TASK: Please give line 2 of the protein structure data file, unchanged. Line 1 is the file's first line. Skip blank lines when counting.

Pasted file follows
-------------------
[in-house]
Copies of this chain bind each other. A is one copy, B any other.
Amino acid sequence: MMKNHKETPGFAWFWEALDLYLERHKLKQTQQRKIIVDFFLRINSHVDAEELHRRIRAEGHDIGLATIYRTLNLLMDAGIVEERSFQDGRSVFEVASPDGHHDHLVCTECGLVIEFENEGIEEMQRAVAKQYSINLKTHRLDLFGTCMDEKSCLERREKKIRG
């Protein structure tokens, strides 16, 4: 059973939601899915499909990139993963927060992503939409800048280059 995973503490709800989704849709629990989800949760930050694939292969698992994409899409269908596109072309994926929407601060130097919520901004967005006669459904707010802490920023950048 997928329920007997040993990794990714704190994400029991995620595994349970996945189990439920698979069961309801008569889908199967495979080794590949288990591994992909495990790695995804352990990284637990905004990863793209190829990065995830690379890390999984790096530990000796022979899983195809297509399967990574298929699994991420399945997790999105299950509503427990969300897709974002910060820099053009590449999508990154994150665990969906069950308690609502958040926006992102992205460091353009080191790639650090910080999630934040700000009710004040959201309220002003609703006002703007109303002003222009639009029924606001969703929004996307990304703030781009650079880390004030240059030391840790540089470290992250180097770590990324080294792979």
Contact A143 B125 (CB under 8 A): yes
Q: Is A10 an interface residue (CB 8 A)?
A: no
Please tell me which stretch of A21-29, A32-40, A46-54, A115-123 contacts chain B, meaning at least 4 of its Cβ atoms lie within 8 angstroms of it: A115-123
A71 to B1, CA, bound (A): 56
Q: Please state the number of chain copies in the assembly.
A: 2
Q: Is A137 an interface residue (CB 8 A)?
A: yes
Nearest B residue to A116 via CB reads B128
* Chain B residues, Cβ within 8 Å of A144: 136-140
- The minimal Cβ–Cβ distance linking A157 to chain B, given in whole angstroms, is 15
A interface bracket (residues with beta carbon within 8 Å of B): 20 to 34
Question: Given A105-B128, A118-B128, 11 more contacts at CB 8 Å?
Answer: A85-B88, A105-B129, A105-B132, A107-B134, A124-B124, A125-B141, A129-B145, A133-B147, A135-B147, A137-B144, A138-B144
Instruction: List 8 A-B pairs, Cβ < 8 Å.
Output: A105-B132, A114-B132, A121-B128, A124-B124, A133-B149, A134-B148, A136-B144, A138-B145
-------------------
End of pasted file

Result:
Copies of this chain bind each other. A is one copy, B any other.